The blog — moresoftmoneyhardlaw.com — became a vehicle not only for promotion of his musings on campaign finance law, but a tool by which he could communicate indirectly with FEC commissioners and opposing lawyers. Most mornings, even as he represented a full complement of clients, he would produce a penetrating look at a pending legal issue.

“He was incredibly prolific,” said Gerald Hebert of the Campaign Legal Center, who worked both with and against Mr. Bauer. “He often had an extensive blog post every day, and the depth of thinking that went into these pieces was incredible.”

It was through his association with former Senate Majority Leader Tom Daschle that Mr. Bauer first began representing Mr. Obama when he came to the Senate in 2005. At first, the work dealt with the routine matters that face a new member, but in late 2006, it shifted unexpectedly with Mr. Obama’s surprise decision to make a run for the White House.

In an interview with magazine Super Lawyers, Mr. Bauer described the head-spinning speed with which a conversation about a presidential bid went from an unformed idea to a full-fledged campaign.

“The logistical and organizational achievement of building an organization like that from the ground up, in that period of time, is something I’ve never seen before,” he said. The crash effort involved “everything from trying to figure out where to find the administrative staff, to recruit the staff to actually run the place, to locating office buildings, settling leases, and literally establishing the infrastructure for a presidential campaign, with virtually no time to spare.”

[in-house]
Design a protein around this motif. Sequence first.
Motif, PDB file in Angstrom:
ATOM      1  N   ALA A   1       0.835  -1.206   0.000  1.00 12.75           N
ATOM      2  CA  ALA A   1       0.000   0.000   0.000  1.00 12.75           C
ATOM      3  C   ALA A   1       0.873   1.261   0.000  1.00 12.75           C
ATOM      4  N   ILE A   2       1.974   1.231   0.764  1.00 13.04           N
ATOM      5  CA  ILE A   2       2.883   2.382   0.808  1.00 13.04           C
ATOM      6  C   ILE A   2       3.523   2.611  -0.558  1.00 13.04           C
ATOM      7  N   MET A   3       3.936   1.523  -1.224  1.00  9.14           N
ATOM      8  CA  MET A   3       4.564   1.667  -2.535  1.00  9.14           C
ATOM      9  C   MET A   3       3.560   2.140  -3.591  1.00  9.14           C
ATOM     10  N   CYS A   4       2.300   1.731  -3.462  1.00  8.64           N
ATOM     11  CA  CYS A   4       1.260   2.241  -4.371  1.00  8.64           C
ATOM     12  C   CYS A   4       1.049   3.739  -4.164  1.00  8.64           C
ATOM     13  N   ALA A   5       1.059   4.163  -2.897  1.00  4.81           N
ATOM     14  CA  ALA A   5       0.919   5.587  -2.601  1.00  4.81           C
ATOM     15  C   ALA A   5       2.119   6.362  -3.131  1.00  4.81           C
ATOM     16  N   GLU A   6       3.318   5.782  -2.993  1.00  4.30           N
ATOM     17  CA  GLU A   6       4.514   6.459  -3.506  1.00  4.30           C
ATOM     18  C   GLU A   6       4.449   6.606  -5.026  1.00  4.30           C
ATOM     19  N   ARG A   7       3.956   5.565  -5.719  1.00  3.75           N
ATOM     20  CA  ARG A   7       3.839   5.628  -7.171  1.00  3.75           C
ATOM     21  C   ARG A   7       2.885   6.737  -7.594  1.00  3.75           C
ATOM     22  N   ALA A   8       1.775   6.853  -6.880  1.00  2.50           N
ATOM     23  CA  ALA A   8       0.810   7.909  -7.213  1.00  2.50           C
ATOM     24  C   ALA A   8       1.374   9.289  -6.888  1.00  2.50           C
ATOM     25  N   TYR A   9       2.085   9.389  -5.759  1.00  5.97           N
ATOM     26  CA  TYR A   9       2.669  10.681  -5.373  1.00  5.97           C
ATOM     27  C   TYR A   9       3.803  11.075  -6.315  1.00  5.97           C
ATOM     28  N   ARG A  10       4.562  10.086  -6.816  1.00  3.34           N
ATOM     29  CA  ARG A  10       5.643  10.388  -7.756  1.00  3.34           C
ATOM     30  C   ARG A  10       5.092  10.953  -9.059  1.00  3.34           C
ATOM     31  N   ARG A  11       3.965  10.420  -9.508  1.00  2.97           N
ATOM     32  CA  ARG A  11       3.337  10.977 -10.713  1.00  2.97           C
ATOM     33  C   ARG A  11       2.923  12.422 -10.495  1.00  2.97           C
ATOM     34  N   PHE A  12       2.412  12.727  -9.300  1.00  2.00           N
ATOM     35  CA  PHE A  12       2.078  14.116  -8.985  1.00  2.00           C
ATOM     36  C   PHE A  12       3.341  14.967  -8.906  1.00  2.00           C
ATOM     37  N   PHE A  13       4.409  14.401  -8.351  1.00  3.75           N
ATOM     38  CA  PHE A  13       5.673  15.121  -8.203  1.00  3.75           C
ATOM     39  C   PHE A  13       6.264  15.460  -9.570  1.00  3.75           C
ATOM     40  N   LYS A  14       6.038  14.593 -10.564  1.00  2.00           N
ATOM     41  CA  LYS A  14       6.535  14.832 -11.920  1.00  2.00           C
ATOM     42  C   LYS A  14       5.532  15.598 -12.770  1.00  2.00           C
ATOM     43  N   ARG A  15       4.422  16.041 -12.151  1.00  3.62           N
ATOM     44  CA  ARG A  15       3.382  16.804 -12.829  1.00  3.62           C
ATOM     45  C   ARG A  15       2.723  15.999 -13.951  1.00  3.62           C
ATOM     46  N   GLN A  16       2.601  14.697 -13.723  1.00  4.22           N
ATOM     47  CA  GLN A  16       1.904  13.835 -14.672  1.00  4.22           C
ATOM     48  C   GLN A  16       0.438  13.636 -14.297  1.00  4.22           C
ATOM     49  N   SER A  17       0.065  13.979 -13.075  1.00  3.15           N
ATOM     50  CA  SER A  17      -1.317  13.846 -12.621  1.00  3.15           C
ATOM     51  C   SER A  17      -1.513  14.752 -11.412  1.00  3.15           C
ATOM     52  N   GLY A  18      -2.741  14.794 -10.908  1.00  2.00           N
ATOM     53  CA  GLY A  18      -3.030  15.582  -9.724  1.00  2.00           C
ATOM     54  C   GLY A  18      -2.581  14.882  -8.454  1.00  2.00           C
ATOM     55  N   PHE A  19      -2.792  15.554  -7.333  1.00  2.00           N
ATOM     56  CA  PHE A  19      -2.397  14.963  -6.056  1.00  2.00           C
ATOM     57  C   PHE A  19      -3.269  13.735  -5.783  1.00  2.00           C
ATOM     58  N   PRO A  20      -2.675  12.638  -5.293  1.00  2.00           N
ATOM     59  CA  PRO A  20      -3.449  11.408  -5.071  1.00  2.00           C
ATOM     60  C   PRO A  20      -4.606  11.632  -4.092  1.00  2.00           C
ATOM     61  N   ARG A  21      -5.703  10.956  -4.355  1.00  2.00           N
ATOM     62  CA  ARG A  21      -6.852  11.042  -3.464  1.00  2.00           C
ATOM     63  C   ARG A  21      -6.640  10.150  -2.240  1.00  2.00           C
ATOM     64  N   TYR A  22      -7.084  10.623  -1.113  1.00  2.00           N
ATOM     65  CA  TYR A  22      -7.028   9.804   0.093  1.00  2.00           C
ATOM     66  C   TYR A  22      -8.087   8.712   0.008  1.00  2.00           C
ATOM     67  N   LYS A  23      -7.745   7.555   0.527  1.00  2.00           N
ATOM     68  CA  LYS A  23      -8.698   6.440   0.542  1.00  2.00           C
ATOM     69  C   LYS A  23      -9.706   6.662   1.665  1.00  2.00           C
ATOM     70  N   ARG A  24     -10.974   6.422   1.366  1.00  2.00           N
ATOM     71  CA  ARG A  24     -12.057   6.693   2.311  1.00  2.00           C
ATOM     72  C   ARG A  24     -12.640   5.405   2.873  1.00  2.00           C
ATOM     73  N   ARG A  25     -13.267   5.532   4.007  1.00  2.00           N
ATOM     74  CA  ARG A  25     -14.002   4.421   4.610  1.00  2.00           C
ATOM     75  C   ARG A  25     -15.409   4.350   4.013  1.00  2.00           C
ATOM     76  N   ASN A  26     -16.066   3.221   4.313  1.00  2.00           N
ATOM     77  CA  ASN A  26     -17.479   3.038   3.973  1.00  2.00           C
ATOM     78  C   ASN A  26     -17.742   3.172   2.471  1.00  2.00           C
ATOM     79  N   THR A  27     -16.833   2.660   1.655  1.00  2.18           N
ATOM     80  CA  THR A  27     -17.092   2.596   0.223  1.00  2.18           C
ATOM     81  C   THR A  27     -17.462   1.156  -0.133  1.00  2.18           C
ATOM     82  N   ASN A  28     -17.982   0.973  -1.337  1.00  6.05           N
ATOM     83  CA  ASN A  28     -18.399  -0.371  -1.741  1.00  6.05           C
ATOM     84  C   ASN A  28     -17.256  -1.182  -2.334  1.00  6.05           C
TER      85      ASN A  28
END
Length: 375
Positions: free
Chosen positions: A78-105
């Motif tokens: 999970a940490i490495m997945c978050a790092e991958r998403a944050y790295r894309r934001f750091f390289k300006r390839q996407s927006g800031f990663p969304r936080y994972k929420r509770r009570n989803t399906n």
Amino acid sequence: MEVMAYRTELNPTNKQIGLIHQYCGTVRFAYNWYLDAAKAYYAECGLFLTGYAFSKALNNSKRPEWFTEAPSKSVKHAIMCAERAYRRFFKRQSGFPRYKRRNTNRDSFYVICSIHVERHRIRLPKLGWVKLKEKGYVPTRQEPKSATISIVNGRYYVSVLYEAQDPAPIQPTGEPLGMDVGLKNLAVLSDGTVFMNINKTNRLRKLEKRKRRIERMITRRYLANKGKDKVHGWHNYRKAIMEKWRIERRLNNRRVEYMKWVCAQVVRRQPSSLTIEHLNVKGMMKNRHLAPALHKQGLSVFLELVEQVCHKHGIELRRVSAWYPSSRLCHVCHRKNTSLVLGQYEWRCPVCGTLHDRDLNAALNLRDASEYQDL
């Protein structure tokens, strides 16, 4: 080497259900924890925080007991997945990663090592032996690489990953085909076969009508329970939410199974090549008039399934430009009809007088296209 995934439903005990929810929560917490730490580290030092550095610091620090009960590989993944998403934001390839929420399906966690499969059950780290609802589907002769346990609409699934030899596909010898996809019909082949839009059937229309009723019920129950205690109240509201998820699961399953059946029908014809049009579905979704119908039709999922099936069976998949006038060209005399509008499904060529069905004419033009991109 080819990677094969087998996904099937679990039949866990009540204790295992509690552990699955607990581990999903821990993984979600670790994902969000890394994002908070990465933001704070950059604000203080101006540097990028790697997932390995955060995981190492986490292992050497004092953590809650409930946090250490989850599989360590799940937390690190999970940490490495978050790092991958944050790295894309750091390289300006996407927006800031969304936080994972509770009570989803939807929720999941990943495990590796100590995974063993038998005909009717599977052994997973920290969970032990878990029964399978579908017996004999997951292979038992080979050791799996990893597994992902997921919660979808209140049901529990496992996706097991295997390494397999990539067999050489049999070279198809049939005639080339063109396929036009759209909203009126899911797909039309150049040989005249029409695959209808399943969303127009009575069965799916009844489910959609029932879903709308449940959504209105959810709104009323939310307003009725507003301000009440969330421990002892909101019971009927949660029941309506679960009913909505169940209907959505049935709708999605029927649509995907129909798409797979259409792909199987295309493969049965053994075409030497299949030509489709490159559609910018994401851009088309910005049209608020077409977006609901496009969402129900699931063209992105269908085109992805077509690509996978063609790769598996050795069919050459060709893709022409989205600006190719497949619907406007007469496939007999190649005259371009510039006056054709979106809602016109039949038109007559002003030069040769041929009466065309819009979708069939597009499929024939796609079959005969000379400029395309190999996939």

As the Democratic primary battle with New York Sen. Hillary Rodham Clinton grew increasingly heated, Mr. Bauer took on the role of attack dog. Perhaps the most notable skirmish came on the day in early March when Texas held its caucus. The Clinton campaign began to accuse its rivals of locking Clinton supporters out of voting places, prematurely filling out sign-in sheets and calling in results before 7 p.m., when caucuses are supposed to start.

Howard Wolfson, Mrs. Clinton’s communications director, organized a conference call to outline his complaints with reporters. When it began, he heard an unexpected voice on the line — Mr. Bauer.

Mr. Bauer said he was “glad” to talk with his rival. “We haven’t seen each other since Iowa, which is the occasion of the last series of complaints the Clinton campaign has made against the caucus process.”

What unfolded was, for the reporters listening in, a riveting and unexpected hand-to-hand skirmish between the two campaigns, and a novel way for the Obama team to grab the attention of the captive audience. After a lengthy back-and-forth, Mr. Bauer hung up and a confused reporter asked Mr. Wolfson who it was that he had been debating.